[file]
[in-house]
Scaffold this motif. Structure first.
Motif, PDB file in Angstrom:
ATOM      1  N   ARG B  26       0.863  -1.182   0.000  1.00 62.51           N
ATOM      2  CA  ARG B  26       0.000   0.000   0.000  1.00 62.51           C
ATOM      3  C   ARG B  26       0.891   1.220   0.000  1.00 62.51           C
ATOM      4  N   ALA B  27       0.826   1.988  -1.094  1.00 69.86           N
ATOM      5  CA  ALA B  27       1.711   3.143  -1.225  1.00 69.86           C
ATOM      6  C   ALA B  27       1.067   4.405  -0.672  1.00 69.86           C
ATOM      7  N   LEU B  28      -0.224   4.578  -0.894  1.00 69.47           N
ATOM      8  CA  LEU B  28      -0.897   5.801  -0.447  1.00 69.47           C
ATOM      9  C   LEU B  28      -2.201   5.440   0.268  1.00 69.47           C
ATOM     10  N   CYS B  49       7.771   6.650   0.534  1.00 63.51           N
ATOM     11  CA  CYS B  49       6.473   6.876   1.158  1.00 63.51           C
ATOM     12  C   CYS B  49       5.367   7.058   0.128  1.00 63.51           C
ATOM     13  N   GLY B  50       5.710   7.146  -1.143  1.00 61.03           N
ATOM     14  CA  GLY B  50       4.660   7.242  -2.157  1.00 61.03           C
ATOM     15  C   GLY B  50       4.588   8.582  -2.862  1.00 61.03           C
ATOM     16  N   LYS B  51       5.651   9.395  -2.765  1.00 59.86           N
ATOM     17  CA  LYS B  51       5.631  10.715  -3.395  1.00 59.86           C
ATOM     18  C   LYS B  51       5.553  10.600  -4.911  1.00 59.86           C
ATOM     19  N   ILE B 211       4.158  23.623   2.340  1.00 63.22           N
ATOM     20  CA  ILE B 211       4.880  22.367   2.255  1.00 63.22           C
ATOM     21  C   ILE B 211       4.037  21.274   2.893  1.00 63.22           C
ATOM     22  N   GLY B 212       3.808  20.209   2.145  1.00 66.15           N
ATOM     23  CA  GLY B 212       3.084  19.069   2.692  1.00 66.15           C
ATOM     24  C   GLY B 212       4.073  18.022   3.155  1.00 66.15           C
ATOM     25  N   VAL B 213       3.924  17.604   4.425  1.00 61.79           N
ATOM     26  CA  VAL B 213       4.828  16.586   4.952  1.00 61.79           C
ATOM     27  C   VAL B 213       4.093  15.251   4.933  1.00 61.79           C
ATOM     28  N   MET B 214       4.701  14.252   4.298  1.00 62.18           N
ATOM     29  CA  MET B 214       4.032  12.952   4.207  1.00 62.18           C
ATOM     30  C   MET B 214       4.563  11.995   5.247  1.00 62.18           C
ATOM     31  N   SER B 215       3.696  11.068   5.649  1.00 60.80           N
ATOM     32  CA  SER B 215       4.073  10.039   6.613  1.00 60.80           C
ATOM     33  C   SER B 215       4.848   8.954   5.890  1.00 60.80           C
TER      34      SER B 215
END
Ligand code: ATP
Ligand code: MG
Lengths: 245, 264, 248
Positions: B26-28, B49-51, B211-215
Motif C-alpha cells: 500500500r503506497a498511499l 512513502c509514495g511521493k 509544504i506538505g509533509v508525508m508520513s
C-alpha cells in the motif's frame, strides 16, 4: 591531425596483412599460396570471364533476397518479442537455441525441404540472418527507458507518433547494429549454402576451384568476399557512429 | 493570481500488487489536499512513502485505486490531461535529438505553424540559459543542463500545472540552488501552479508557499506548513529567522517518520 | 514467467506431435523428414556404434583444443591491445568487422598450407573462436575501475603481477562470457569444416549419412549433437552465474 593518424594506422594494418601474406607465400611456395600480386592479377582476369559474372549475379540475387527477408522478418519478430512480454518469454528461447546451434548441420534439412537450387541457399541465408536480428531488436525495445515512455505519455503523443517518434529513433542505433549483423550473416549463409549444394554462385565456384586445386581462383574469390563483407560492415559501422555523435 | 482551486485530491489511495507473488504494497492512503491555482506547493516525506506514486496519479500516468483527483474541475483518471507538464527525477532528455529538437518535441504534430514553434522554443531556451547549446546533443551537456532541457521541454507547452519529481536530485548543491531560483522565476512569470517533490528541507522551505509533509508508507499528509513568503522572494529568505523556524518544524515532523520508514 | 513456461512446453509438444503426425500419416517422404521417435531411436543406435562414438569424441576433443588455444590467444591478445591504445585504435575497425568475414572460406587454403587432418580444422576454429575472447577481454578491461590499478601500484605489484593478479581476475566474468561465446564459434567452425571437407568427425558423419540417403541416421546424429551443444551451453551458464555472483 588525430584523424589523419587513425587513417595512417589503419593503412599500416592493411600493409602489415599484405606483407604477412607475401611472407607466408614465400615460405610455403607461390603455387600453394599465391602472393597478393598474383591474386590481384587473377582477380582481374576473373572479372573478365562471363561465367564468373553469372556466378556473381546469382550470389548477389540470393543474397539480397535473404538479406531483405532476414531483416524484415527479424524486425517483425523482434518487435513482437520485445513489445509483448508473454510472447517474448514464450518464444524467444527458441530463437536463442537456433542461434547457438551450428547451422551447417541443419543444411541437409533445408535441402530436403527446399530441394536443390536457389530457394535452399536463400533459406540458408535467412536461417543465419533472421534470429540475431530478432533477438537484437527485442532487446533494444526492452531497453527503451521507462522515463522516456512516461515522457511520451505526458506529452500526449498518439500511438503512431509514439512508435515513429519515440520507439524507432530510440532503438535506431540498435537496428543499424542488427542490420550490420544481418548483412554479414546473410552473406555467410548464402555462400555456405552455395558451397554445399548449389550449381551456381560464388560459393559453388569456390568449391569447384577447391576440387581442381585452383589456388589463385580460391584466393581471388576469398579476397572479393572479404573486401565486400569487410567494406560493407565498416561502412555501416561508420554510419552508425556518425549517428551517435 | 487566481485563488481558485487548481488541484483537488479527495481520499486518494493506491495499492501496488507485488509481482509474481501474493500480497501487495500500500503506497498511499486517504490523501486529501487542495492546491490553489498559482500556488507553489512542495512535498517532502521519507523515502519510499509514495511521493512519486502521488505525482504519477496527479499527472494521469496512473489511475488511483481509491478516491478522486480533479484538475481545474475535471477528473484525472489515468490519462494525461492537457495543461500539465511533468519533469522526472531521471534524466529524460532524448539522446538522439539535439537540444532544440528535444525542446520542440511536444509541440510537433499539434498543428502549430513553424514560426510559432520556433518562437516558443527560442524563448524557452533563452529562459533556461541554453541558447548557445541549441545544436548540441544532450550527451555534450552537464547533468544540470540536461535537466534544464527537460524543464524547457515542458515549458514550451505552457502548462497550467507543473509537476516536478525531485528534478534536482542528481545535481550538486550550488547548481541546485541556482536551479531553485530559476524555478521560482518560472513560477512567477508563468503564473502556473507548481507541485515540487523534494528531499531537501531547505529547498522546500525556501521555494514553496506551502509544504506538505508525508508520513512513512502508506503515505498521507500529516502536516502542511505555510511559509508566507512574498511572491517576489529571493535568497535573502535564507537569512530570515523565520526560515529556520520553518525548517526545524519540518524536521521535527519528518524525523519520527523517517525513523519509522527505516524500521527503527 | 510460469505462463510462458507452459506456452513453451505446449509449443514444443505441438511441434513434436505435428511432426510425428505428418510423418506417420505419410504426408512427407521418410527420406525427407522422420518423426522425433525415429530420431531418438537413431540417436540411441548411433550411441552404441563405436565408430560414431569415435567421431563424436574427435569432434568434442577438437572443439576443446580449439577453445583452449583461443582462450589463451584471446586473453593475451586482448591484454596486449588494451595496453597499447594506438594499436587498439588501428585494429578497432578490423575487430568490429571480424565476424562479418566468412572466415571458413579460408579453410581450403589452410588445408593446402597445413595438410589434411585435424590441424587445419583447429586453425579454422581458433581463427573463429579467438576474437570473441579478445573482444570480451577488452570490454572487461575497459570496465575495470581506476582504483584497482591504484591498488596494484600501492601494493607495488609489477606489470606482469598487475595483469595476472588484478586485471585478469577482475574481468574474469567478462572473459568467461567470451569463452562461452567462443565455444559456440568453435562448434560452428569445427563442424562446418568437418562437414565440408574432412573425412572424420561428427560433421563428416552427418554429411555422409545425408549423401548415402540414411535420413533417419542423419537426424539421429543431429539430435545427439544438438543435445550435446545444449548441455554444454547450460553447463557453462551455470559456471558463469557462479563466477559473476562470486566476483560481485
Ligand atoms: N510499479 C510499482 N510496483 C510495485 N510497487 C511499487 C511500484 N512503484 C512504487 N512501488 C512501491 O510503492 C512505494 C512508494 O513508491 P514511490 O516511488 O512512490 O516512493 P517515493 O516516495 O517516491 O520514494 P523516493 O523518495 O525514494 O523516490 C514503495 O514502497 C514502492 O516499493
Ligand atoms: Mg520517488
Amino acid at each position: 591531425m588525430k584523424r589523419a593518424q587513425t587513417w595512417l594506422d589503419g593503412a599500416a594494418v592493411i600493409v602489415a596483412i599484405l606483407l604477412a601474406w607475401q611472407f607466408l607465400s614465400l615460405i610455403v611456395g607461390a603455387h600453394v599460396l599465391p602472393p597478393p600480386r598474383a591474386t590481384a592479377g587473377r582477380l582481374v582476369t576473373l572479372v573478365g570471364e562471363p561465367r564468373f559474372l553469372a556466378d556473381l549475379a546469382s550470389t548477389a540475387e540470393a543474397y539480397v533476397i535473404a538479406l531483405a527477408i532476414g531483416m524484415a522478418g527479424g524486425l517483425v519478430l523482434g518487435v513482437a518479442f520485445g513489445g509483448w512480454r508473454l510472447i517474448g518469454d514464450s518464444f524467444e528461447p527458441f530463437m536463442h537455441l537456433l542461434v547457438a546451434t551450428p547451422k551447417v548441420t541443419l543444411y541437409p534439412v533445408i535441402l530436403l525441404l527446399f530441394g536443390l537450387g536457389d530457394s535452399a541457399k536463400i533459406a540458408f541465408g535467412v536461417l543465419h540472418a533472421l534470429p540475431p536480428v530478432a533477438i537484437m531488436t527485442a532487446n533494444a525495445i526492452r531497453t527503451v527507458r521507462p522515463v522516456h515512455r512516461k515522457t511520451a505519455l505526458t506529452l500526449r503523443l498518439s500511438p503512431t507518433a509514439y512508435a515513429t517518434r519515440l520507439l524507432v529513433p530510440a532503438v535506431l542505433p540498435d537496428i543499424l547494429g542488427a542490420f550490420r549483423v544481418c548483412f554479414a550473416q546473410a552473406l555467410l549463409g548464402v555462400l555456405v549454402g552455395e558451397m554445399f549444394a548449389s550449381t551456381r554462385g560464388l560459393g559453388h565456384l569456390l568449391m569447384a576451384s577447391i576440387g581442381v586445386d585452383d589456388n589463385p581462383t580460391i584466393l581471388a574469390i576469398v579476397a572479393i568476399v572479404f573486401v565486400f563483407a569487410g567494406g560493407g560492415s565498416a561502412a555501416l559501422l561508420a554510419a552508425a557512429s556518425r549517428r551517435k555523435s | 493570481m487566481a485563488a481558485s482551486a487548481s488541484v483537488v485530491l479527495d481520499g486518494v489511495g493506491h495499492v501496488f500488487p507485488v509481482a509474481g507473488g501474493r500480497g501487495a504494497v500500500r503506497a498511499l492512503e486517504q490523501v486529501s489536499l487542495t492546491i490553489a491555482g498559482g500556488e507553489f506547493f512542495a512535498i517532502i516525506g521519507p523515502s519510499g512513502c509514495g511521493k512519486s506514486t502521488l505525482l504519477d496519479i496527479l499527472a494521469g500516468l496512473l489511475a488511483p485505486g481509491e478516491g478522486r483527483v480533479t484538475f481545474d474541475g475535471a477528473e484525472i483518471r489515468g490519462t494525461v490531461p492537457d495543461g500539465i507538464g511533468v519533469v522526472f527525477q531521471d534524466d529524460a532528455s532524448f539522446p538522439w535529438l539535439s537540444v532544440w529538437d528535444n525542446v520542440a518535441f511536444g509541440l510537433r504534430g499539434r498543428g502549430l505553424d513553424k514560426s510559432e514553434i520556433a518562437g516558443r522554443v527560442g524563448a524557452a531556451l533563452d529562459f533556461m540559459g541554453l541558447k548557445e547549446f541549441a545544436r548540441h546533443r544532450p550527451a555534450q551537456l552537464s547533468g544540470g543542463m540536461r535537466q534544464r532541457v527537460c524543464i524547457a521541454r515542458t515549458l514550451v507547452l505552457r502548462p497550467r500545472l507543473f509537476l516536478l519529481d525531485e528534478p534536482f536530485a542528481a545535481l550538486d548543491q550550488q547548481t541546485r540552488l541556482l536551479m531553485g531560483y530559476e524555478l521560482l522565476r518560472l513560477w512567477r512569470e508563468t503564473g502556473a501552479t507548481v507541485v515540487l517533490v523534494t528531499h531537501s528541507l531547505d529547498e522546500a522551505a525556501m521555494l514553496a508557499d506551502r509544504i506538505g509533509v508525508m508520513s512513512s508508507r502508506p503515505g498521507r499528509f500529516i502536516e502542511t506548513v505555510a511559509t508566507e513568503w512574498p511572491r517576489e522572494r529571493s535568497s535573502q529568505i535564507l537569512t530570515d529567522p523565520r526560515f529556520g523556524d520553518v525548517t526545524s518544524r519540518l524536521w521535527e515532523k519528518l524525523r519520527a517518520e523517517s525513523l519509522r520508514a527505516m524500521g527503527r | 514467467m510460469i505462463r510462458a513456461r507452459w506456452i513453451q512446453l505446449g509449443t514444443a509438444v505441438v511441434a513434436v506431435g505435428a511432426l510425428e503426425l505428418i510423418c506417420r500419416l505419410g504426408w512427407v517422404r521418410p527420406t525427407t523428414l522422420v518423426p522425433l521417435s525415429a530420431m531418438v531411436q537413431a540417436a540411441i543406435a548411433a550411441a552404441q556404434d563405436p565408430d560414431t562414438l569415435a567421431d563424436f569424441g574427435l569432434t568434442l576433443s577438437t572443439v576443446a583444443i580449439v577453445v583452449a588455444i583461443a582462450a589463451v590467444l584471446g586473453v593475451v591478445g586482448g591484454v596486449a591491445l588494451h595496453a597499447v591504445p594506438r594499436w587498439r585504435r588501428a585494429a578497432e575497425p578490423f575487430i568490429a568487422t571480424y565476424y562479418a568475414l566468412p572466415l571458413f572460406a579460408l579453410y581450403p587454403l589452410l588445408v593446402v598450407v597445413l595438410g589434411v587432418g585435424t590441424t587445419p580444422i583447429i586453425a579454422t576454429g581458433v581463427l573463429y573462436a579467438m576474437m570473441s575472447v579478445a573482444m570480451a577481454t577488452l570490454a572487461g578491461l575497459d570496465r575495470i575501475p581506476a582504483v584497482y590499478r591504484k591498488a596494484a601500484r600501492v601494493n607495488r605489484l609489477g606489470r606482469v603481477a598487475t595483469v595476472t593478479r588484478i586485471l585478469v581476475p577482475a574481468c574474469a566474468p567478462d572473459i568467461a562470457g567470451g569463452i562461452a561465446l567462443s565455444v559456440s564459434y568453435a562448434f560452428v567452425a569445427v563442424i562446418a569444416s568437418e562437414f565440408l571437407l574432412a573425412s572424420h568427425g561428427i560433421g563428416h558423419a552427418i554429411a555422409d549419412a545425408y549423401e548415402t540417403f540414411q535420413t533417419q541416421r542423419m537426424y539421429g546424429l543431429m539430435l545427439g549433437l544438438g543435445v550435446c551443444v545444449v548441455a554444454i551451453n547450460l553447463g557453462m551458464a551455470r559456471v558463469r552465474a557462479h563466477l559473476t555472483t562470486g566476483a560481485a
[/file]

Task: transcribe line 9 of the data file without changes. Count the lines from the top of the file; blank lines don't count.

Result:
ATOM      6  C   ALA B  27       1.067   4.405  -0.672  1.00 69.86           C